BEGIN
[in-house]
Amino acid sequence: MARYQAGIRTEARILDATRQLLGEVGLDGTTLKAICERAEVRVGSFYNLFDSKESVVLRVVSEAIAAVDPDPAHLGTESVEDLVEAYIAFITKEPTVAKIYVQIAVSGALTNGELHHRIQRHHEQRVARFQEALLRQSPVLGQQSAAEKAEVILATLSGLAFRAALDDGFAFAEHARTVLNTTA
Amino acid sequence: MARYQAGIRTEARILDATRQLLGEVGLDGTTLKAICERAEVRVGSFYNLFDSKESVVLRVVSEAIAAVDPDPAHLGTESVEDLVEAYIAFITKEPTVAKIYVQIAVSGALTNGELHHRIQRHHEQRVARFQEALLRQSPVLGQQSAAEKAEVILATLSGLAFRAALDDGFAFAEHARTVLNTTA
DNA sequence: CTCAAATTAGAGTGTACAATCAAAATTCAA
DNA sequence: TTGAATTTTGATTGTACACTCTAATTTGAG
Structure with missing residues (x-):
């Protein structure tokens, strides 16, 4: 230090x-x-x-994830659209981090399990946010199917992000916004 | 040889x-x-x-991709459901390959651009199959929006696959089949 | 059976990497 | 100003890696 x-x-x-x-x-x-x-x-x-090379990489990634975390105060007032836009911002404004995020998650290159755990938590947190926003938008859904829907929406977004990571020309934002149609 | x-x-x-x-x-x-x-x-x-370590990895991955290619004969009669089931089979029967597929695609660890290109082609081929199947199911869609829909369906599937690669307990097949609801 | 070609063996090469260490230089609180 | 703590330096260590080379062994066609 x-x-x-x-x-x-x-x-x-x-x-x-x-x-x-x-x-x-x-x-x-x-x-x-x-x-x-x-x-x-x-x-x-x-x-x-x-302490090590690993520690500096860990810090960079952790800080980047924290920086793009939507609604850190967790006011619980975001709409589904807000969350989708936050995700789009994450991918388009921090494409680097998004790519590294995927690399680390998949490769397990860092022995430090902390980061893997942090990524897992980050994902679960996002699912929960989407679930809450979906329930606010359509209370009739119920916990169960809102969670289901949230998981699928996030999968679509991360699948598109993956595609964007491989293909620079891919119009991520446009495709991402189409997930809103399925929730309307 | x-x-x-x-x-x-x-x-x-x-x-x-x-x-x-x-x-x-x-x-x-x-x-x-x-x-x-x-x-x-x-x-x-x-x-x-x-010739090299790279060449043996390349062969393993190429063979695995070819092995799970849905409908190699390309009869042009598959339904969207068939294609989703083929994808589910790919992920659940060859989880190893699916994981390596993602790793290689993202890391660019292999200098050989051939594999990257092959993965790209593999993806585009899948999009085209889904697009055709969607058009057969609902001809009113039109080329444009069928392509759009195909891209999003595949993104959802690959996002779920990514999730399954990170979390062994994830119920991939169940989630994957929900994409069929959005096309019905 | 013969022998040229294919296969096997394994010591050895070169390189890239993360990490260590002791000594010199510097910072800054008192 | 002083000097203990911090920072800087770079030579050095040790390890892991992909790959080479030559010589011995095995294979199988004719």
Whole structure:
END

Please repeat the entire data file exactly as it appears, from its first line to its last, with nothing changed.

[in-house]
Amino acid sequence: MARYQAGIRTEARILDATRQLLGEVGLDGTTLKAICERAEVRVGSFYNLFDSKESVVLRVVSEAIAAVDPDPAHLGTESVEDLVEAYIAFITKEPTVAKIYVQIAVSGALTNGELHHRIQRHHEQRVARFQEALLRQSPVLGQQSAAEKAEVILATLSGLAFRAALDDGFAFAEHARTVLNTTA
Amino acid sequence: MARYQAGIRTEARILDATRQLLGEVGLDGTTLKAICERAEVRVGSFYNLFDSKESVVLRVVSEAIAAVDPDPAHLGTESVEDLVEAYIAFITKEPTVAKIYVQIAVSGALTNGELHHRIQRHHEQRVARFQEALLRQSPVLGQQSAAEKAEVILATLSGLAFRAALDDGFAFAEHARTVLNTTA
DNA sequence: CTCAAATTAGAGTGTACAATCAAAATTCAA
DNA sequence: TTGAATTTTGATTGTACACTCTAATTTGAG
Structure with missing residues (x-):
């Protein structure tokens, strides 16, 4: 230090x-x-x-994830659209981090399990946010199917992000916004 | 040889x-x-x-991709459901390959651009199959929006696959089949 | 059976990497 | 100003890696 x-x-x-x-x-x-x-x-x-090379990489990634975390105060007032836009911002404004995020998650290159755990938590947190926003938008859904829907929406977004990571020309934002149609 | x-x-x-x-x-x-x-x-x-370590990895991955290619004969009669089931089979029967597929695609660890290109082609081929199947199911869609829909369906599937690669307990097949609801 | 070609063996090469260490230089609180 | 703590330096260590080379062994066609 x-x-x-x-x-x-x-x-x-x-x-x-x-x-x-x-x-x-x-x-x-x-x-x-x-x-x-x-x-x-x-x-x-x-x-x-x-302490090590690993520690500096860990810090960079952790800080980047924290920086793009939507609604850190967790006011619980975001709409589904807000969350989708936050995700789009994450991918388009921090494409680097998004790519590294995927690399680390998949490769397990860092022995430090902390980061893997942090990524897992980050994902679960996002699912929960989407679930809450979906329930606010359509209370009739119920916990169960809102969670289901949230998981699928996030999968679509991360699948598109993956595609964007491989293909620079891919119009991520446009495709991402189409997930809103399925929730309307 | x-x-x-x-x-x-x-x-x-x-x-x-x-x-x-x-x-x-x-x-x-x-x-x-x-x-x-x-x-x-x-x-x-x-x-x-x-010739090299790279060449043996390349062969393993190429063979695995070819092995799970849905409908190699390309009869042009598959339904969207068939294609989703083929994808589910790919992920659940060859989880190893699916994981390596993602790793290689993202890391660019292999200098050989051939594999990257092959993965790209593999993806585009899948999009085209889904697009055709969607058009057969609902001809009113039109080329444009069928392509759009195909891209999003595949993104959802690959996002779920990514999730399954990170979390062994994830119920991939169940989630994957929900994409069929959005096309019905 | 013969022998040229294919296969096997394994010591050895070169390189890239993360990490260590002791000594010199510097910072800054008192 | 002083000097203990911090920072800087770079030579050095040790390890892991992909790959080479030559010589011995095995294979199988004719």
Whole structure: